Slavery: What Rights did one have as a Slave? Essay

The answer to this question is very simple, none.

Regardless of the position of the person who gave their account on slavery, the answer remained the same. Although the slaves had no rights, the pro-slavery account belittles the amount of work required of a slave, and how in England their treatment would have been crueler; however, the anti-slavery account argued that despite whether or not the life of slaves was better in America, the slaves were still denied basic human rights. In spite of the biases or the main purpose of each account, the conclusion remains the same; Slaves had not rights.Robert Beverly, who wrote about the differentiation between slaves and servants, made a case for the lack of slave rights by accident when he mentioned the rights of servants and omitted those of slaves.

Beverly was a historian of the Virginia colony and he worked in various government positions. His position in society may have accounted for his pro-slavery bias. First of all, he distinguished slaves from servants by ” the names of slaves for life and servants for a time (45). ” In this situation, a servant has the right for their servitude to end after a period of time, while the slave had no right to end his forced labor.Beverly attempted to justify slavery as less severe and cruel when he said, ” that generally their slaves are not worked near so hard, nor as many hours a day, as the husbandmen, and day laborers in England (46).

” Whether or not this statement is valid, the workers Beverly compared the slaves to still had rights within the legal system; they also had the right to decide where and when they wanted to work. In conclusion to his document, Beverly ended with a list of servants rights. This list of rights is more significant for the information which is not present.Most of these laws pertain to the protection of basic human rights, none in which slaves are mentioned. His omission of slave rights indicated the insignificance of their well being to slave owners.

For example, servants were allowed to complain to the courts if there were mistreated, and they were to receive adequate food, clothing, and lodging from their masters (46). Slaves had no right to complain to anyone about the abuses they suffered, and the slaves were not entitled to the basic necessities of life such as adequate food, clothing, and shelter.Beverly could not have cared less about the rights of slaves because the less human he made slaves seem, them more slaves could be exploited.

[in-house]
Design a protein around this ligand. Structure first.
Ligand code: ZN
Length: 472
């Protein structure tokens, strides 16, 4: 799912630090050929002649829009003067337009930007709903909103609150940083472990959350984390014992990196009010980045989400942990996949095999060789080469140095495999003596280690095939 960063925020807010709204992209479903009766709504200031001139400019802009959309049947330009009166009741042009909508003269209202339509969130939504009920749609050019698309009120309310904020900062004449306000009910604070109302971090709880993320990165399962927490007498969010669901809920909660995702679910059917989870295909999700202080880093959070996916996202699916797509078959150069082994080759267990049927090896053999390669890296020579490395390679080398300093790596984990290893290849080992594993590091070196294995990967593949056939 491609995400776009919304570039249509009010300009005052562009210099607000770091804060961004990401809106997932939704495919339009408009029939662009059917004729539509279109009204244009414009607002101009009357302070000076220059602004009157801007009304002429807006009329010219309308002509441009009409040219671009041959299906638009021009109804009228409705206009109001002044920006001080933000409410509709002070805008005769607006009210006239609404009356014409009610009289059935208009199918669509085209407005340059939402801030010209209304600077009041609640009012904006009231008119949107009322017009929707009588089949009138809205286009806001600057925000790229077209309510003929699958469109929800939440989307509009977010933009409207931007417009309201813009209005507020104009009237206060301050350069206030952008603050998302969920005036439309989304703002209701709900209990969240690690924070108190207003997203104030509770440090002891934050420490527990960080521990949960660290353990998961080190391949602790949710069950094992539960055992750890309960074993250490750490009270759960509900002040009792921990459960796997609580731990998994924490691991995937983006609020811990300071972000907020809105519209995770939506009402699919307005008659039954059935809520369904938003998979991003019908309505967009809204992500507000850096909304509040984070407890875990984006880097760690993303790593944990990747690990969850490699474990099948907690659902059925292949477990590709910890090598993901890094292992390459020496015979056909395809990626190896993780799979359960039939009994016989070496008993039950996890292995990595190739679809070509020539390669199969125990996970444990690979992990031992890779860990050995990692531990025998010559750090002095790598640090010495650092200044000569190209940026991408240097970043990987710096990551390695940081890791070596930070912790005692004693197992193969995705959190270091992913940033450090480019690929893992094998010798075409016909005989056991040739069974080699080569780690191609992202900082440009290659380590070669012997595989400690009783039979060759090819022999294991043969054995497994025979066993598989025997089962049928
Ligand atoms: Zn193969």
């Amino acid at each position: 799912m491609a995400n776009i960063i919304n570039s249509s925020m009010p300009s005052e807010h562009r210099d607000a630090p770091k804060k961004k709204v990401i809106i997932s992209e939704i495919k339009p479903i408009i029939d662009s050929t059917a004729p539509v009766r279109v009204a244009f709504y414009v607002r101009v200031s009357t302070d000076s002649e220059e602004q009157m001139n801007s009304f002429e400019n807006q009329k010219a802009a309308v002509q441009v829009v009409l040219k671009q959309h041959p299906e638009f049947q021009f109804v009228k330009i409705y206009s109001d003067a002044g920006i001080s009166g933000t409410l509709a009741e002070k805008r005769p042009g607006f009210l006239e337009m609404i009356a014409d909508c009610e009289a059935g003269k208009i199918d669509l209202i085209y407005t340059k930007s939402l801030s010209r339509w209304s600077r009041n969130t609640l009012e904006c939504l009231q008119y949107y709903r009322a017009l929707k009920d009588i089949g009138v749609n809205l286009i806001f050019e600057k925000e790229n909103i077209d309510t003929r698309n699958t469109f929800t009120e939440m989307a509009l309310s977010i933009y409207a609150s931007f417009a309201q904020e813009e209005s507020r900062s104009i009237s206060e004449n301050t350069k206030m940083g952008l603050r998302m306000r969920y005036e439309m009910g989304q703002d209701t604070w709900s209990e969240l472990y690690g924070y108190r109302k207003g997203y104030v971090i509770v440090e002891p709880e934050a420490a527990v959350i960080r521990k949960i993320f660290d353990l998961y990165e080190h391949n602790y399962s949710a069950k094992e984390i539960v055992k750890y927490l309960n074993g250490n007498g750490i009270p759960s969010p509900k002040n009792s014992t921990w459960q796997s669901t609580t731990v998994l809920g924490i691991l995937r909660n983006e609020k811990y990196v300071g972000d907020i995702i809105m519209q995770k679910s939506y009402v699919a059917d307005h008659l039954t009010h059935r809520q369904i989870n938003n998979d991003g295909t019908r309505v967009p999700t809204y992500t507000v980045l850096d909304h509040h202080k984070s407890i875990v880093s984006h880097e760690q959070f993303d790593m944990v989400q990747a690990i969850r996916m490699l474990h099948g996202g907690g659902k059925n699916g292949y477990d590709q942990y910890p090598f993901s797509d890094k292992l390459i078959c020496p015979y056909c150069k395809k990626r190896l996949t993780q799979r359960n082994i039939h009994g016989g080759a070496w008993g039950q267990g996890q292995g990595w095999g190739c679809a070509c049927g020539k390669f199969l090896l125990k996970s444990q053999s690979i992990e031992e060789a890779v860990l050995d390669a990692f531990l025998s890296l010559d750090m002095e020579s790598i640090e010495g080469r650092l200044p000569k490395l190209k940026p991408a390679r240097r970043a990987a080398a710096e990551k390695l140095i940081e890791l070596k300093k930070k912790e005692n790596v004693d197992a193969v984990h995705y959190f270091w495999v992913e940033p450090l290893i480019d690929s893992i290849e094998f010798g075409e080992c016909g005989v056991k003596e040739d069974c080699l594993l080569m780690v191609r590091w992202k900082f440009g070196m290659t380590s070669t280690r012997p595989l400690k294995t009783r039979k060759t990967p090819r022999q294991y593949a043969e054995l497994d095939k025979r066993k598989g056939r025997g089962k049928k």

John Woolman, who wrote about anti-slavery, made his case about the lack of slave rights through conversations with townsmen. Woolman’s account may be bias because he was a Quaker who was against the mistreatment of people. He was also an abolitionist who felt slavery not only hurt the slave, but also the slave owner. Woolman made a point about the lack of the rights of marriage among the slaves.

Many of the white people in those provinces take little or no care of Negro marriages (49). “The slave couples would get married, but because the slaves had no rights these marriages were split apart by slave auctions. The slaves were also denied the basic human necessity of adequate food. The slaves were fed one peck of Indian corn, some salt, and a few potatoes (49). This type of diet would leave anyone on the verge on starvation and is very inhuman, especially after the amount of daily labor. The slaves were also barely clothed, which also contributed to the dehumanization of the slaves.In the end, Woolman concluded that, ” These are people who have made no agreement to serve us, and who have not forfeited their liberty as we know of (49). ” They were treated poorly and forced to labor without agreement on their part.

These people who deserved to have certain rights on the mere basis of their humanity were denied any and all rights. Beverly’s document is limited as a source because the omission of slave rights in the document can be open to interpretation. One could argue that slave rights may have been in the original book in 1705, but were taken out in the revision in 1722.The limitation of Woolman as a source is that his document came from his personal journal, which became the foundation of abolitionism. The events that occurred in his journal may have been embellished to exemplify his anti-slavery message. I believe that both of these sources are credible in proving my point about the lack of slave rights; however, Woolman’s document is the more credible of the two sources.

Woolman purposely sought to prove the lack of slave rights, while Beverly accidentally proves this point by only listing the rights of servants. His omission directly showed the insignificance of the well-being and rights of slaves.